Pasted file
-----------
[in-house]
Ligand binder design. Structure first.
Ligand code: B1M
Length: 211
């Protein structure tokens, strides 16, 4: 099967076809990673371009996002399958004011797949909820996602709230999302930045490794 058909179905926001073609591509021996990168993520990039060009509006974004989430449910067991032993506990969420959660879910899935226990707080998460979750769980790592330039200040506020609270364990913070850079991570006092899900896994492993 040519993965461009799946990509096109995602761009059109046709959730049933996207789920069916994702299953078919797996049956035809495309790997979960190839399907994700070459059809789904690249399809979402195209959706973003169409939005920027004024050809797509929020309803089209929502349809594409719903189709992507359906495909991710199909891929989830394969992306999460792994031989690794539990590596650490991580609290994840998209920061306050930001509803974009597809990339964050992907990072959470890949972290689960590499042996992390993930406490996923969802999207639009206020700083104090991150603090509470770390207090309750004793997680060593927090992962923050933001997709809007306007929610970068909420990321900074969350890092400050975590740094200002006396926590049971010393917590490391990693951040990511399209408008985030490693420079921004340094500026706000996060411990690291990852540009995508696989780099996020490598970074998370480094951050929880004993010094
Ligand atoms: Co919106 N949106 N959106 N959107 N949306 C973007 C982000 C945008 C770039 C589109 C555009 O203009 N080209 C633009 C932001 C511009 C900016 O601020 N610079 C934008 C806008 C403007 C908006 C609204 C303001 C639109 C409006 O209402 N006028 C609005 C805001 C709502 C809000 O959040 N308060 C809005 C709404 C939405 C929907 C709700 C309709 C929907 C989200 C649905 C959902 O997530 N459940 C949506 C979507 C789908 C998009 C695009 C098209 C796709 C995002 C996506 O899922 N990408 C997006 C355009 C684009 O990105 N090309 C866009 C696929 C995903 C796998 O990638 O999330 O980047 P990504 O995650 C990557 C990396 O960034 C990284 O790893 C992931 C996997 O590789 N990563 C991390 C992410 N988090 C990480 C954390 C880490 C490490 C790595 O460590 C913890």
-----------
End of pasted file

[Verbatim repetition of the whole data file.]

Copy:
[in-house]
Ligand binder design. Structure first.
Ligand code: B1M
Length: 211
């Protein structure tokens, strides 16, 4: 099967076809990673371009996002399958004011797949909820996602709230999302930045490794 058909179905926001073609591509021996990168993520990039060009509006974004989430449910067991032993506990969420959660879910899935226990707080998460979750769980790592330039200040506020609270364990913070850079991570006092899900896994492993 040519993965461009799946990509096109995602761009059109046709959730049933996207789920069916994702299953078919797996049956035809495309790997979960190839399907994700070459059809789904690249399809979402195209959706973003169409939005920027004024050809797509929020309803089209929502349809594409719903189709992507359906495909991710199909891929989830394969992306999460792994031989690794539990590596650490991580609290994840998209920061306050930001509803974009597809990339964050992907990072959470890949972290689960590499042996992390993930406490996923969802999207639009206020700083104090991150603090509470770390207090309750004793997680060593927090992962923050933001997709809007306007929610970068909420990321900074969350890092400050975590740094200002006396926590049971010393917590490391990693951040990511399209408008985030490693420079921004340094500026706000996060411990690291990852540009995508696989780099996020490598970074998370480094951050929880004993010094
Ligand atoms: Co919106 N949106 N959106 N959107 N949306 C973007 C982000 C945008 C770039 C589109 C555009 O203009 N080209 C633009 C932001 C511009 C900016 O601020 N610079 C934008 C806008 C403007 C908006 C609204 C303001 C639109 C409006 O209402 N006028 C609005 C805001 C709502 C809000 O959040 N308060 C809005 C709404 C939405 C929907 C709700 C309709 C929907 C989200 C649905 C959902 O997530 N459940 C949506 C979507 C789908 C998009 C695009 C098209 C796709 C995002 C996506 O899922 N990408 C997006 C355009 C684009 O990105 N090309 C866009 C696929 C995903 C796998 O990638 O999330 O980047 P990504 O995650 C990557 C990396 O960034 C990284 O790893 C992931 C996997 O590789 N990563 C991390 C992410 N988090 C990480 C954390 C880490 C490490 C790595 O460590 C913890």